Edwards Lifesciences stumbles when it comes to meeting its own forecasts and analyst expectations for its Sapien transcatheter aortic valve replacement system.
|Edwards Lifesciences' Sapien Transcatheter Aortic Valve|
No where has the adage “underpromise and overdeliver” been more applicable than in the case of Edwards Lifesciences, the only company still to have an approved transcatheter aortic implantation system in the U.S.
The company’s mood was buoyant when it received FDA approval of its first Sapien transcatheter valve in the U.S. in November 2011. 2012 and 2013 were to be years when Edwards would cement its first-mover advantage over Medtronic, which is now expected to launch its rival TAVR product in early 2014. But turns out that Edwards Lifesciences’ rosy projections on Sapien sales have not materialized.
In an investor meeting Monday, the company’s’ management lowered 2014 Sapien sales guidance well below what many analysts had forecast into their models. Management now expects that in 2014, worldwide TAVR revenue will be in the range of $700 million to $820 million, of which $40 million to $50 million will be garnered in Japan. No U.S. sales guidance was offered, according to the transcript of the meeting.
Compare that to various analyst estimates. Glenn Novarro, of RBC Capital Markets had expected worldwide TAVR revenue of $802 million, with $348 million coming from U.S. sales and $44 million from Japaneses sales of various Sapien products. Analyst Danielle Antalffy of Leerink Swann had expected worldwide TAVR sales between $775 million to $850 million.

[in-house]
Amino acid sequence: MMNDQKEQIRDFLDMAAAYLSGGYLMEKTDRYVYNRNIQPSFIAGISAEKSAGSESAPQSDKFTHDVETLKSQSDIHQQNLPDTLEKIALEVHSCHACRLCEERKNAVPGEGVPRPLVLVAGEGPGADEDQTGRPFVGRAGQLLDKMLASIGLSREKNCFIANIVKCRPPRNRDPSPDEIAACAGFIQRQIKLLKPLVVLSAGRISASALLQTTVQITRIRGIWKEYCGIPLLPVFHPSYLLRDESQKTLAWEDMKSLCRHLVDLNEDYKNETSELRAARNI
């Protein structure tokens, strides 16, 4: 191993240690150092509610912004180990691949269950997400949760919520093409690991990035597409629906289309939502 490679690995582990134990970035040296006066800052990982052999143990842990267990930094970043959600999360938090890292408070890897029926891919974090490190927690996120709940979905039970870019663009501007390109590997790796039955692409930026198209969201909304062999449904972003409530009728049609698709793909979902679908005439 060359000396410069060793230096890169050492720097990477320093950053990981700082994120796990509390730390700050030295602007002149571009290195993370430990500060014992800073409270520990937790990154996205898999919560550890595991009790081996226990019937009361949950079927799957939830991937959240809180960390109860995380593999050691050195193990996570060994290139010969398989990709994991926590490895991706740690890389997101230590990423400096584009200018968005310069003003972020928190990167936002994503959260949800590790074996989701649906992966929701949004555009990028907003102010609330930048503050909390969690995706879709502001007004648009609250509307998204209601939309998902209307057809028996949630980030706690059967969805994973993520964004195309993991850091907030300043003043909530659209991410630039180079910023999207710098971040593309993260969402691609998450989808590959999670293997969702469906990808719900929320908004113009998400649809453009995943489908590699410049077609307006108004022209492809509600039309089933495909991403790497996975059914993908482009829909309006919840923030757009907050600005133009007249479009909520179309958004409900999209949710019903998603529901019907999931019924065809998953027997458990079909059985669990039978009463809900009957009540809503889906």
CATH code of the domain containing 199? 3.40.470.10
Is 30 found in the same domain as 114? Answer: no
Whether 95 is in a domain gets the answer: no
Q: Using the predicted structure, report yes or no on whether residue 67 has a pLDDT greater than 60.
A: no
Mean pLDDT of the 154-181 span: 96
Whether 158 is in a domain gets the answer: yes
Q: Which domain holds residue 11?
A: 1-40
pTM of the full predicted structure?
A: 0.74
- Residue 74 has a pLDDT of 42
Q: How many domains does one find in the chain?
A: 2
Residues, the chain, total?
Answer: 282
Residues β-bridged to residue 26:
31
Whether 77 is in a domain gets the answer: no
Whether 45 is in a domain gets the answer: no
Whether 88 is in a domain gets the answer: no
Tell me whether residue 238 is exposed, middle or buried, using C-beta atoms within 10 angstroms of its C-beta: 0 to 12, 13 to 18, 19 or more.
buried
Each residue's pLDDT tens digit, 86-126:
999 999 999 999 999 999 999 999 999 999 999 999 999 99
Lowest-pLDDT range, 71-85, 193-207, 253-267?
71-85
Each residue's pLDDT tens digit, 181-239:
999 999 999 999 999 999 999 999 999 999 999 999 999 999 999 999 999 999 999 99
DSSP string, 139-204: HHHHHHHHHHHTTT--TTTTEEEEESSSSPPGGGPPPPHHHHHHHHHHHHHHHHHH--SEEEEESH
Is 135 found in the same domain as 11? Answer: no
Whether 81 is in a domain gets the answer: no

Previously, CEO Michael Mussallem pointed to the fact that some U.S. medical centers had postponed training after concluding the procedure was too expensive. Other hospitals had constraints in terms of personnel needed for th procedure.
On Monday, a transcript of the meeting from Seeking Alpha shows that Larry Woord, Edwards Lifescience’s corporate vice president of transcatheter heart valve acknowledged that things had not transpired as expected, but the opportunity still remains strong.
When we look at the transcatheter valve opportunity, I think everyone's aware that the U.S. has ramped a little slower than what we would have originally anticipated, but we think this opportunity remains very robust and we see a lot of growth in the future. When we look at the total market now, we now estimate this to be a $2.5 billion to $3 billion opportunity by 2019. And we see still a lot of growth and a lot of opportunity in this marketplace.
For 2014, the company expects to have revenue of $2.05 billion to $2.25 billion with an earnings per share of around $3 but a “wide range” around that number can be expected, management said. As a result, both Novarro and Antalffy are lowering their EPS estimates for Edwards. Antalffy reduced EPS to $2.98 per share while Novarro expects a slightly higher EPS of $3.01.
For Antallfy, the reduced estimates are not all bad.
“While guidance is clearly disappointing – particularly on THV (Transcatheter Heart Valves) and EPS – we believe EW has now set significantly more achievable goals that better position the company to deliver at least in-line results.
Still, 2014 is a clearly a year of competitive pressures. Medtronic goes live in the U.S. with its CoreValve product while Boston Scientific will ramp sales of its Lotus TAVR product which was approved in October in Europe.
Novarro estimates that every 5 points of market share that Edwards loses in terms of units sold will reduce sales by $20 million.
[Image courtesy of Edwards Lifesciences]